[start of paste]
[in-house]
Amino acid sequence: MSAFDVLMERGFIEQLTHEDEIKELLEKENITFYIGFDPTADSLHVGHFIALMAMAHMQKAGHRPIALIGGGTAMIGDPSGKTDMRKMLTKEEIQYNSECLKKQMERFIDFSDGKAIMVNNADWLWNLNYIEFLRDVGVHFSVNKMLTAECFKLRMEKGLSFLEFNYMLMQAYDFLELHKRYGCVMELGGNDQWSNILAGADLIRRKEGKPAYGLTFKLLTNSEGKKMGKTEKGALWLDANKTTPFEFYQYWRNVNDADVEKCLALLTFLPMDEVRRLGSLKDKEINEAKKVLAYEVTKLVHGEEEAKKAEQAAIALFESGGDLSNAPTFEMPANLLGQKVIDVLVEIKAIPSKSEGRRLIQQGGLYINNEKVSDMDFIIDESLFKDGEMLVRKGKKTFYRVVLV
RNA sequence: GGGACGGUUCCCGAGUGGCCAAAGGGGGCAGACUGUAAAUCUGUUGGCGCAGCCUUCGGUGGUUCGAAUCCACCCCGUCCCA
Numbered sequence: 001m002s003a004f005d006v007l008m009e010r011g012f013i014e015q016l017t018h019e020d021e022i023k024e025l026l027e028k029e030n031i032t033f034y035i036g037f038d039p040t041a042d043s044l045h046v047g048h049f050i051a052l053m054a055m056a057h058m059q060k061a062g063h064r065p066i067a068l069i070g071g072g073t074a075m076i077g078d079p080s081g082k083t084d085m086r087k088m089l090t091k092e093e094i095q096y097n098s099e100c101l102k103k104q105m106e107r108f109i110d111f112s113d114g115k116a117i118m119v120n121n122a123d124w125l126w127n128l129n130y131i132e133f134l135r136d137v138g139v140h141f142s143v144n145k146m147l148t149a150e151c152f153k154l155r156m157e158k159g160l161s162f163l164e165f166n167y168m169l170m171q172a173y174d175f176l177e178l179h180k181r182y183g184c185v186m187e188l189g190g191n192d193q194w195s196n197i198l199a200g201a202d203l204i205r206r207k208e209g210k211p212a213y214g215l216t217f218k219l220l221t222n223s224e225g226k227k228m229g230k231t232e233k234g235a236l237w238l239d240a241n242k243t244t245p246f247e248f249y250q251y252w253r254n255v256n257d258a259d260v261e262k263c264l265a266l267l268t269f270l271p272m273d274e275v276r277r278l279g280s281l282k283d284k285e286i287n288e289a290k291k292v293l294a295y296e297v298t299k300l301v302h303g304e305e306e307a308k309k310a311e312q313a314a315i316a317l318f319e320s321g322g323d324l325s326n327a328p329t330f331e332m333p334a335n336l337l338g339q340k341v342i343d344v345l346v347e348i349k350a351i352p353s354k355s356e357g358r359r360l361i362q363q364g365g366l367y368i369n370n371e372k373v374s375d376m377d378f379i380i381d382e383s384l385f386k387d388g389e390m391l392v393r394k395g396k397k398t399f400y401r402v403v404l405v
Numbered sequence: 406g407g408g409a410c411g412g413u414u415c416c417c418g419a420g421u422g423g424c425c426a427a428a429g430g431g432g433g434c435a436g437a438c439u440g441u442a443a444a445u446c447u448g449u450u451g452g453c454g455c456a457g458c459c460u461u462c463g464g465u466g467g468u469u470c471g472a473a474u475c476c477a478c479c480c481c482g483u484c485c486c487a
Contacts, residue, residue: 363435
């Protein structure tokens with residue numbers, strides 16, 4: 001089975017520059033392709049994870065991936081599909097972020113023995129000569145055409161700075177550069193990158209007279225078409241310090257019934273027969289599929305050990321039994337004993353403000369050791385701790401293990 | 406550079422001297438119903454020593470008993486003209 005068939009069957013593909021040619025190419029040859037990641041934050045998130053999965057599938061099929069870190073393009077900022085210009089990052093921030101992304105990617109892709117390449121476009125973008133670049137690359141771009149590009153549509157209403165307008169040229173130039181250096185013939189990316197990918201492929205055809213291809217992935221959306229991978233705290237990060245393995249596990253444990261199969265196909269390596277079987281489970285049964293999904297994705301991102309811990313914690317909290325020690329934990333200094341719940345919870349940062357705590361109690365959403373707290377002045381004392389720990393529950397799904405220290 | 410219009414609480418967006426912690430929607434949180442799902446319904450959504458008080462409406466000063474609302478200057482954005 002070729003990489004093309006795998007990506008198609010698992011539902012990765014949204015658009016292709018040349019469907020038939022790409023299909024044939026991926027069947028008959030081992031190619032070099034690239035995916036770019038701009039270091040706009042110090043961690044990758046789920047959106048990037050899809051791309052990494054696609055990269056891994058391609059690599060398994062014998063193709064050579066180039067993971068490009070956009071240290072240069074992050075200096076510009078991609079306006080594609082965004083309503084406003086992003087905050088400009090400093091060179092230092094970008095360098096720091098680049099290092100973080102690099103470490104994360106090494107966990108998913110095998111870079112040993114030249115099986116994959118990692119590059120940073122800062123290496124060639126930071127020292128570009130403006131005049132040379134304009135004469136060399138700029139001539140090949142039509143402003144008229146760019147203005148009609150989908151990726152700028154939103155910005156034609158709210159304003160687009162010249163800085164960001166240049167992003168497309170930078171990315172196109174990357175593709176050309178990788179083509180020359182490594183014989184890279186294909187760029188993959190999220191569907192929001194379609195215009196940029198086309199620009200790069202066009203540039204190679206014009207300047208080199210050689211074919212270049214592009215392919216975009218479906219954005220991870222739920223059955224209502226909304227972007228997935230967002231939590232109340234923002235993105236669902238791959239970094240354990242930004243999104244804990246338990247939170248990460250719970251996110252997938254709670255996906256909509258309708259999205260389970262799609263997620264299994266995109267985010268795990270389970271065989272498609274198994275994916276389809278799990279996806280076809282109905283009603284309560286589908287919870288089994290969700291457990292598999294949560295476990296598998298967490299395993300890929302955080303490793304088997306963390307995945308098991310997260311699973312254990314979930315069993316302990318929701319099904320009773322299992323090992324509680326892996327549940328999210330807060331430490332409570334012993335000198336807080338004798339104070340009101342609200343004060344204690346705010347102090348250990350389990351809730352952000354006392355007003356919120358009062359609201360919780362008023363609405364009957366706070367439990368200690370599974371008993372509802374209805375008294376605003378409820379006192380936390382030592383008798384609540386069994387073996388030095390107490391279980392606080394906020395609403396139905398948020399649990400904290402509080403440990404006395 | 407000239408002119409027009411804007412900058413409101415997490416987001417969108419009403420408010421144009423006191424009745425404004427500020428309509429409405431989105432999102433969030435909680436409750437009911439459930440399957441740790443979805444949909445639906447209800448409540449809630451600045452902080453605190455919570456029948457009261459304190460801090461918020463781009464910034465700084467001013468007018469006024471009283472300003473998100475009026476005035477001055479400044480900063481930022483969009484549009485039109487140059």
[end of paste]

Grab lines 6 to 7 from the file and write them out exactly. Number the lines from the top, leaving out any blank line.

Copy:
Contacts, residue, residue: 363435
């Protein structure tokens with residue numbers, strides 16, 4: 001089975017520059033392709049994870065991936081599909097972020113023995129000569145055409161700075177550069193990158209007279225078409241310090257019934273027969289599929305050990321039994337004993353403000369050791385701790401293990 | 406550079422001297438119903454020593470008993486003209 005068939009069957013593909021040619025190419029040859037990641041934050045998130053999965057599938061099929069870190073393009077900022085210009089990052093921030101992304105990617109892709117390449121476009125973008133670049137690359141771009149590009153549509157209403165307008169040229173130039181250096185013939189990316197990918201492929205055809213291809217992935221959306229991978233705290237990060245393995249596990253444990261199969265196909269390596277079987281489970285049964293999904297994705301991102309811990313914690317909290325020690329934990333200094341719940345919870349940062357705590361109690365959403373707290377002045381004392389720990393529950397799904405220290 | 410219009414609480418967006426912690430929607434949180442799902446319904450959504458008080462409406466000063474609302478200057482954005 002070729003990489004093309006795998007990506008198609010698992011539902012990765014949204015658009016292709018040349019469907020038939022790409023299909024044939026991926027069947028008959030081992031190619032070099034690239035995916036770019038701009039270091040706009042110090043961690044990758046789920047959106048990037050899809051791309052990494054696609055990269056891994058391609059690599060398994062014998063193709064050579066180039067993971068490009070956009071240290072240069074992050075200096076510009078991609079306006080594609082965004083309503084406003086992003087905050088400009090400093091060179092230092094970008095360098096720091098680049099290092100973080102690099103470490104994360106090494107966990108998913110095998111870079112040993114030249115099986116994959118990692119590059120940073122800062123290496124060639126930071127020292128570009130403006131005049132040379134304009135004469136060399138700029139001539140090949142039509143402003144008229146760019147203005148009609150989908151990726152700028154939103155910005156034609158709210159304003160687009162010249163800085164960001166240049167992003168497309170930078171990315172196109174990357175593709176050309178990788179083509180020359182490594183014989184890279186294909187760029188993959190999220191569907192929001194379609195215009196940029198086309199620009200790069202066009203540039204190679206014009207300047208080199210050689211074919212270049214592009215392919216975009218479906219954005220991870222739920223059955224209502226909304227972007228997935230967002231939590232109340234923002235993105236669902238791959239970094240354990242930004243999104244804990246338990247939170248990460250719970251996110252997938254709670255996906256909509258309708259999205260389970262799609263997620264299994266995109267985010268795990270389970271065989272498609274198994275994916276389809278799990279996806280076809282109905283009603284309560286589908287919870288089994290969700291457990292598999294949560295476990296598998298967490299395993300890929302955080303490793304088997306963390307995945308098991310997260311699973312254990314979930315069993316302990318929701319099904320009773322299992323090992324509680326892996327549940328999210330807060331430490332409570334012993335000198336807080338004798339104070340009101342609200343004060344204690346705010347102090348250990350389990351809730352952000354006392355007003356919120358009062359609201360919780362008023363609405364009957366706070367439990368200690370599974371008993372509802374209805375008294376605003378409820379006192380936390382030592383008798384609540386069994387073996388030095390107490391279980392606080394906020395609403396139905398948020399649990400904290402509080403440990404006395 | 407000239408002119409027009411804007412900058413409101415997490416987001417969108419009403420408010421144009423006191424009745425404004427500020428309509429409405431989105432999102433969030435909680436409750437009911439459930440399957441740790443979805444949909445639906447209800448409540449809630451600045452902080453605190455919570456029948457009261459304190460801090461918020463781009464910034465700084467001013468007018469006024471009283472300003473998100475009026476005035477001055479400044480900063481930022483969009484549009485039109487140059």